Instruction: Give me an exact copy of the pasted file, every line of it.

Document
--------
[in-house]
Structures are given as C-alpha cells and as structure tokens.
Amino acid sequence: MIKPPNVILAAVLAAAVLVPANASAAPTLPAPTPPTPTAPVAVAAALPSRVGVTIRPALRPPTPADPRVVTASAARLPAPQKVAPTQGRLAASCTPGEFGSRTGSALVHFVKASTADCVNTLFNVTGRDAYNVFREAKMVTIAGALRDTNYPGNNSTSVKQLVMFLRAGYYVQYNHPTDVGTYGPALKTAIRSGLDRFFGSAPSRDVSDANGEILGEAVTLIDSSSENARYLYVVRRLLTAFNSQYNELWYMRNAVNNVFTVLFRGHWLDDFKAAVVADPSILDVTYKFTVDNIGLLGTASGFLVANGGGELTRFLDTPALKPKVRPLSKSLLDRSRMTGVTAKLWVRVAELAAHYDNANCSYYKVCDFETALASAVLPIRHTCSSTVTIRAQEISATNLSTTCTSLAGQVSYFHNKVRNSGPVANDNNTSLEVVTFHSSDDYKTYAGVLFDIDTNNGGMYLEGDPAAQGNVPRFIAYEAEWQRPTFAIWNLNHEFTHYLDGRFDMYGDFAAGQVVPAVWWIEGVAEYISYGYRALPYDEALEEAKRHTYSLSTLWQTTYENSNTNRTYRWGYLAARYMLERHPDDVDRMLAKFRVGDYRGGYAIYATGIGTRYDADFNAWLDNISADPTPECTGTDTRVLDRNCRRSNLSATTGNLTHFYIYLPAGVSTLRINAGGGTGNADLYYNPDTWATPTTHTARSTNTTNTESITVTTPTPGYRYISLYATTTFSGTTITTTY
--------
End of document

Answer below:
[in-house]
Structures are given as C-alpha cells and as structure tokens.
Amino acid sequence: MIKPPNVILAAVLAAAVLVPANASAAPTLPAPTPPTPTAPVAVAAALPSRVGVTIRPALRPPTPADPRVVTASAARLPAPQKVAPTQGRLAASCTPGEFGSRTGSALVHFVKASTADCVNTLFNVTGRDAYNVFREAKMVTIAGALRDTNYPGNNSTSVKQLVMFLRAGYYVQYNHPTDVGTYGPALKTAIRSGLDRFFGSAPSRDVSDANGEILGEAVTLIDSSSENARYLYVVRRLLTAFNSQYNELWYMRNAVNNVFTVLFRGHWLDDFKAAVVADPSILDVTYKFTVDNIGLLGTASGFLVANGGGELTRFLDTPALKPKVRPLSKSLLDRSRMTGVTAKLWVRVAELAAHYDNANCSYYKVCDFETALASAVLPIRHTCSSTVTIRAQEISATNLSTTCTSLAGQVSYFHNKVRNSGPVANDNNTSLEVVTFHSSDDYKTYAGVLFDIDTNNGGMYLEGDPAAQGNVPRFIAYEAEWQRPTFAIWNLNHEFTHYLDGRFDMYGDFAAGQVVPAVWWIEGVAEYISYGYRALPYDEALEEAKRHTYSLSTLWQTTYENSNTNRTYRWGYLAARYMLERHPDDVDRMLAKFRVGDYRGGYAIYATGIGTRYDADFNAWLDNISADPTPECTGTDTRVLDRNCRRSNLSATTGNLTHFYIYLPAGVSTLRINAGGGTGNADLYYNPDTWATPTTHTARSTNTTNTESITVTTPTPGYRYISLYATTTFSGTTITTTY